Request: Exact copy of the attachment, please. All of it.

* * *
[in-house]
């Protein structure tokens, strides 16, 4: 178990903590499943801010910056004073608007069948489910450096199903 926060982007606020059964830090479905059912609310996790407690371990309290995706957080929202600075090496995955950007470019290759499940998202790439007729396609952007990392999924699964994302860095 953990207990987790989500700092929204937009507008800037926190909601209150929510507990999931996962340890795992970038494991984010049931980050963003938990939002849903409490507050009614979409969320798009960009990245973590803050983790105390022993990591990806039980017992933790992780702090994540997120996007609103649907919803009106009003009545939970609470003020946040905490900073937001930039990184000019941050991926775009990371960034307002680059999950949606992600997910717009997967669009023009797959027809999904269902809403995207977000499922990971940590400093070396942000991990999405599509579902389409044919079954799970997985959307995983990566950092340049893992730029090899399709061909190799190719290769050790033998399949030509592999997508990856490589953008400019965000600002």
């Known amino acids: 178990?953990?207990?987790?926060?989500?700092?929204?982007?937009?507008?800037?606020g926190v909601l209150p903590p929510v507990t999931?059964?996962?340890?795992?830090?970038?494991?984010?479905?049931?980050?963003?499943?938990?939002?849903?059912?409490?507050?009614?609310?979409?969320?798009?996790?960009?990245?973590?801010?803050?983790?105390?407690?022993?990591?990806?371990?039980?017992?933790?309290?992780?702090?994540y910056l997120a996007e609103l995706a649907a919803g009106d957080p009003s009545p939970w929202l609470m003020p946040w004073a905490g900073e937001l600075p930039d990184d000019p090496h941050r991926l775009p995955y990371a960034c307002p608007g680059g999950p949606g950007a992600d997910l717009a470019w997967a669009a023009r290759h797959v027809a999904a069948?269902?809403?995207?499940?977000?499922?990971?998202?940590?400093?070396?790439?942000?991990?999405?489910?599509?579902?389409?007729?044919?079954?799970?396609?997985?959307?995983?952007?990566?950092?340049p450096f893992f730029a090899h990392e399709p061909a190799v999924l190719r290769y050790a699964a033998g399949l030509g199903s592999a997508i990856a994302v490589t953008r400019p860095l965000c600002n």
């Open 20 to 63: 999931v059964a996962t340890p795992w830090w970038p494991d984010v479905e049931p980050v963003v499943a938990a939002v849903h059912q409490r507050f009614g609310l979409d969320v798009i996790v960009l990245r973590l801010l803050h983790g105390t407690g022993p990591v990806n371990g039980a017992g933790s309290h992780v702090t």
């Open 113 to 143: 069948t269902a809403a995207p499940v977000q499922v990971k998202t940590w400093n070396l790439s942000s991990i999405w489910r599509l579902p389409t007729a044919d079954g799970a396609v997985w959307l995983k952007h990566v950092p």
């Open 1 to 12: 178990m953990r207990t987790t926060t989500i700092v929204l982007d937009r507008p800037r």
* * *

[in-house]
């Protein structure tokens, strides 16, 4: 178990903590499943801010910056004073608007069948489910450096199903 926060982007606020059964830090479905059912609310996790407690371990309290995706957080929202600075090496995955950007470019290759499940998202790439007729396609952007990392999924699964994302860095 953990207990987790989500700092929204937009507008800037926190909601209150929510507990999931996962340890795992970038494991984010049931980050963003938990939002849903409490507050009614979409969320798009960009990245973590803050983790105390022993990591990806039980017992933790992780702090994540997120996007609103649907919803009106009003009545939970609470003020946040905490900073937001930039990184000019941050991926775009990371960034307002680059999950949606992600997910717009997967669009023009797959027809999904269902809403995207977000499922990971940590400093070396942000991990999405599509579902389409044919079954799970997985959307995983990566950092340049893992730029090899399709061909190799190719290769050790033998399949030509592999997508990856490589953008400019965000600002």
């Known amino acids: 178990?953990?207990?987790?926060?989500?700092?929204?982007?937009?507008?800037?606020g926190v909601l209150p903590p929510v507990t999931?059964?996962?340890?795992?830090?970038?494991?984010?479905?049931?980050?963003?499943?938990?939002?849903?059912?409490?507050?009614?609310?979409?969320?798009?996790?960009?990245?973590?801010?803050?983790?105390?407690?022993?990591?990806?371990?039980?017992?933790?309290?992780?702090?994540y910056l997120a996007e609103l995706a649907a919803g009106d957080p009003s009545p939970w929202l609470m003020p946040w004073a905490g900073e937001l600075p930039d990184d000019p090496h941050r991926l775009p995955y990371a960034c307002p608007g680059g999950p949606g950007a992600d997910l717009a470019w997967a669009a023009r290759h797959v027809a999904a069948?269902?809403?995207?499940?977000?499922?990971?998202?940590?400093?070396?790439?942000?991990?999405?489910?599509?579902?389409?007729?044919?079954?799970?396609?997985?959307?995983?952007?990566?950092?340049p450096f893992f730029a090899h990392e399709p061909a190799v999924l190719r290769y050790a699964a033998g399949l030509g199903s592999a997508i990856a994302v490589t953008r400019p860095l965000c600002n």
């Open 20 to 63: 999931v059964a996962t340890p795992w830090w970038p494991d984010v479905e049931p980050v963003v499943a938990a939002v849903h059912q409490r507050f009614g609310l979409d969320v798009i996790v960009l990245r973590l801010l803050h983790g105390t407690g022993p990591v990806n371990g039980a017992g933790s309290h992780v702090t």
């Open 113 to 143: 069948t269902a809403a995207p499940v977000q499922v990971k998202t940590w400093n070396l790439s942000s991990i999405w489910r599509l579902p389409t007729a044919d079954g799970a396609v997985w959307l995983k952007h990566v950092p």
């Open 1 to 12: 178990m953990r207990t987790t926060t989500i700092v929204l982007d937009r507008p800037r």